Abraham's Journey, Wednesday, October 24, 7:00-8:30pm
Join us for a close reading of the Abraham narrative, found in Genesis Chapters 11-25, as we uncover core issues that emerge from the text, challenges raised, and messages for today.
Guest Teacher: Rabbi David Silber
David Silber is the Founder and Dean of Drisha Institute for Jewish Education.
Original Chasidic Stories: Law, Narrative and Piety in the Talmud, Wednesday, November 14, 7:00-8:30pm
Mysterious appearances of Elijah. Communal zoning laws. Pietists challenging death. Liturgical details. What do these things have in common, why and how does the Talmud juxtapose law and narrative, and what does any of this have to do with us? Come learn and find out!
Guest Teacher: Jon Kelsen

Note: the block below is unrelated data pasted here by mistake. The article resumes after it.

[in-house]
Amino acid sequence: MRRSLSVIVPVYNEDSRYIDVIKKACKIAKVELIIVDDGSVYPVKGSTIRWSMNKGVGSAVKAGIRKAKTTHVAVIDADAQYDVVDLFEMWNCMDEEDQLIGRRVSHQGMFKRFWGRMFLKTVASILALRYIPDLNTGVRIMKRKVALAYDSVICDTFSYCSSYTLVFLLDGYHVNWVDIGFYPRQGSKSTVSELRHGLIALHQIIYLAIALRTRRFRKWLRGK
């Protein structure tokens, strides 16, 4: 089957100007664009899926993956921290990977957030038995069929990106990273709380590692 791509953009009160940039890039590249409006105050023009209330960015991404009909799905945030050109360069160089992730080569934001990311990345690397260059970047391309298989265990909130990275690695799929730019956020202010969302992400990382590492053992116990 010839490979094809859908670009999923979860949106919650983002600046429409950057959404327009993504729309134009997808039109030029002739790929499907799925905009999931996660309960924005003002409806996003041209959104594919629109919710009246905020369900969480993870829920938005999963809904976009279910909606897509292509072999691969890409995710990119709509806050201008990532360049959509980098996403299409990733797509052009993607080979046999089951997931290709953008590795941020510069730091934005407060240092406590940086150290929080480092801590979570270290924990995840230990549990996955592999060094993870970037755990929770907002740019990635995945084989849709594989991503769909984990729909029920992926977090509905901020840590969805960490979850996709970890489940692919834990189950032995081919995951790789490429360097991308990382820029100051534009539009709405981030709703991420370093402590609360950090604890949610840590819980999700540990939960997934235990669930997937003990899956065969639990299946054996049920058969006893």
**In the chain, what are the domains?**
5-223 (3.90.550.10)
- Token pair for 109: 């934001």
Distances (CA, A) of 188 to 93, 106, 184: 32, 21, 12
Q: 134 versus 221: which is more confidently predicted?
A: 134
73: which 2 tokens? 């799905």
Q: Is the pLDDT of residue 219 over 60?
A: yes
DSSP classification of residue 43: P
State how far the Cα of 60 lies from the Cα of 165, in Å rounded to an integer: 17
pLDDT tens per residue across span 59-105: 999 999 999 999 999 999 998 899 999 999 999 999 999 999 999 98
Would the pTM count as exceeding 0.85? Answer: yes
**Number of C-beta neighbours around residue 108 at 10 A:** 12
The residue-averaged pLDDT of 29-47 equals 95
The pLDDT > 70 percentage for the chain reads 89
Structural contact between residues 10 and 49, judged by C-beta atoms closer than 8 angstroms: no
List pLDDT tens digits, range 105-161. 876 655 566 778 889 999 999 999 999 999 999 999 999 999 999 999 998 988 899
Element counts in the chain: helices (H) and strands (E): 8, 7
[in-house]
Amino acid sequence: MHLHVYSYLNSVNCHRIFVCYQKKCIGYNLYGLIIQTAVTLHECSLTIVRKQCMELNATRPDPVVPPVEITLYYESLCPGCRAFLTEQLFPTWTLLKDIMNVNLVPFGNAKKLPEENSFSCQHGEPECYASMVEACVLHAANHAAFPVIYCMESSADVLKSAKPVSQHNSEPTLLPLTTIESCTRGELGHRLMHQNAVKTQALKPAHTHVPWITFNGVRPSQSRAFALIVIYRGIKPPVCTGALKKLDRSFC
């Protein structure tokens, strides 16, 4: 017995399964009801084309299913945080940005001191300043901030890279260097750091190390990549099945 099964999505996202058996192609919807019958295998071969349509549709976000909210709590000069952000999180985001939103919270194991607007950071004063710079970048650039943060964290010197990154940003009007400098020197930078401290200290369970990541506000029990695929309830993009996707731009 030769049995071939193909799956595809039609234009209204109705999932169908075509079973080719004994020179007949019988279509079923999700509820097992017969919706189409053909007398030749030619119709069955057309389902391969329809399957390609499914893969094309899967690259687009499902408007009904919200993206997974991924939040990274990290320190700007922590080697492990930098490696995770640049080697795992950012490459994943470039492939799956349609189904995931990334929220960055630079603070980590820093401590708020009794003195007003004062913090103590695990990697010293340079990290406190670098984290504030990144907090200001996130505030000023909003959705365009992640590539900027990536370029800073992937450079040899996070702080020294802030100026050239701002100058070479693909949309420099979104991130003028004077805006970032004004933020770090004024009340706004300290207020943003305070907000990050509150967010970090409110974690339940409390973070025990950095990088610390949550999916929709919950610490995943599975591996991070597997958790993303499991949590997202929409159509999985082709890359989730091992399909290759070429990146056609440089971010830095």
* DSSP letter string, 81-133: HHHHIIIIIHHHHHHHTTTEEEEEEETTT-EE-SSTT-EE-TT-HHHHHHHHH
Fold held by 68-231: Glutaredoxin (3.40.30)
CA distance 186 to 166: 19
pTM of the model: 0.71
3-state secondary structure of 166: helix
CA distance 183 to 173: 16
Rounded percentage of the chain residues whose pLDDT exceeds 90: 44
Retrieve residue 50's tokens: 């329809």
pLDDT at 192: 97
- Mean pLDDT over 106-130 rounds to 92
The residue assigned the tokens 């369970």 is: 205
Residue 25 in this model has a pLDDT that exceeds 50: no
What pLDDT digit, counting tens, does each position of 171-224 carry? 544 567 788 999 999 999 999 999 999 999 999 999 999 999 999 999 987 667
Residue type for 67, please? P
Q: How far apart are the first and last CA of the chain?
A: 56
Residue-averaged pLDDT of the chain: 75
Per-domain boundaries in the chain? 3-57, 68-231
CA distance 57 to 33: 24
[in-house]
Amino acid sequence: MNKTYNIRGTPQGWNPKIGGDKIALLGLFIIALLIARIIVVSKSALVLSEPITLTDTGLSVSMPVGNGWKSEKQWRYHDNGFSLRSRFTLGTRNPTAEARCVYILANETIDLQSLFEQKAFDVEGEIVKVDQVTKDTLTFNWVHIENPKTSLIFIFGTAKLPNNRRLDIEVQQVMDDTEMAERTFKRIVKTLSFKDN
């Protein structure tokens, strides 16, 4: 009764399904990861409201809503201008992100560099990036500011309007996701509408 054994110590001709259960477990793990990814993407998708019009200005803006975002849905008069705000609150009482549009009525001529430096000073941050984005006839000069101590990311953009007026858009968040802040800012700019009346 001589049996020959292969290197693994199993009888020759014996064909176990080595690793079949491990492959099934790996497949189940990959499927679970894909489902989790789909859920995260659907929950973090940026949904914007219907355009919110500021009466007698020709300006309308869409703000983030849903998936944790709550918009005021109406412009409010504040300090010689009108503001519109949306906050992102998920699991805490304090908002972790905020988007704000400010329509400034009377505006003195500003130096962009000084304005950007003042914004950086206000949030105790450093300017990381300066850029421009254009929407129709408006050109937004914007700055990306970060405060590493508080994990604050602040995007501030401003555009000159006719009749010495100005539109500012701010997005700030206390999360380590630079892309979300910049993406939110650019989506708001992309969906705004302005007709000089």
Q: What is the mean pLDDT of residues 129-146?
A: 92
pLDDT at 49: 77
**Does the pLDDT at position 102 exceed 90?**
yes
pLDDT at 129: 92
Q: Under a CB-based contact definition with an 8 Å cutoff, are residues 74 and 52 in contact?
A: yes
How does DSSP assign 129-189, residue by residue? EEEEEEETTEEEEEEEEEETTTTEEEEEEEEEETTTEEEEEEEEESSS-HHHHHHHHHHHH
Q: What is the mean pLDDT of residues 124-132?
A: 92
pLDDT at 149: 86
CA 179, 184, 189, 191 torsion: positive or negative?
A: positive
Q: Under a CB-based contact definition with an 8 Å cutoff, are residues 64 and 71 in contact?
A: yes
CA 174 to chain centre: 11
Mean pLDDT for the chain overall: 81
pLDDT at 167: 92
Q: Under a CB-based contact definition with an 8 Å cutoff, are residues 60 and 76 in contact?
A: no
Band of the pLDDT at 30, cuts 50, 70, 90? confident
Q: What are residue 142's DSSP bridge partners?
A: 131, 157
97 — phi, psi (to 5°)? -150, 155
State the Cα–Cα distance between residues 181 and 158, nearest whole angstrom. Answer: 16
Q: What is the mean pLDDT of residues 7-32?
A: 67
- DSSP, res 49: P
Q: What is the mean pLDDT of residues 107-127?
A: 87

Jon Kelsen is the Director of the Collegiate Immersion Programs and teaches in Drisha's Beit Midrash and Yesodot Programs.
Elisha Ben Abuyah: The High Road to Heresy, Wednesday, December 5, 7:00-8:30pm
Despite a promising start as a first century sage and scholar, Elisha ben Abuyah leaves the path and becomes a notorious heretic. How did that happen? We will study an array of Rabbinic texts that seek to explain Elisha's apostasy, and explore the potential reasons why a believer would lose faith.
Guest Teacher: Wendy Amsellem
Wendy Amsellem is the former Director of the Dr. Beth Samuels High School Program and an alumna of the Drisha Scholars Circle, where she currently teaches.
God is a Four Letter Word: Is Monotheism Idolatrous?, Wednesday, November 7, 7:00-8:30pm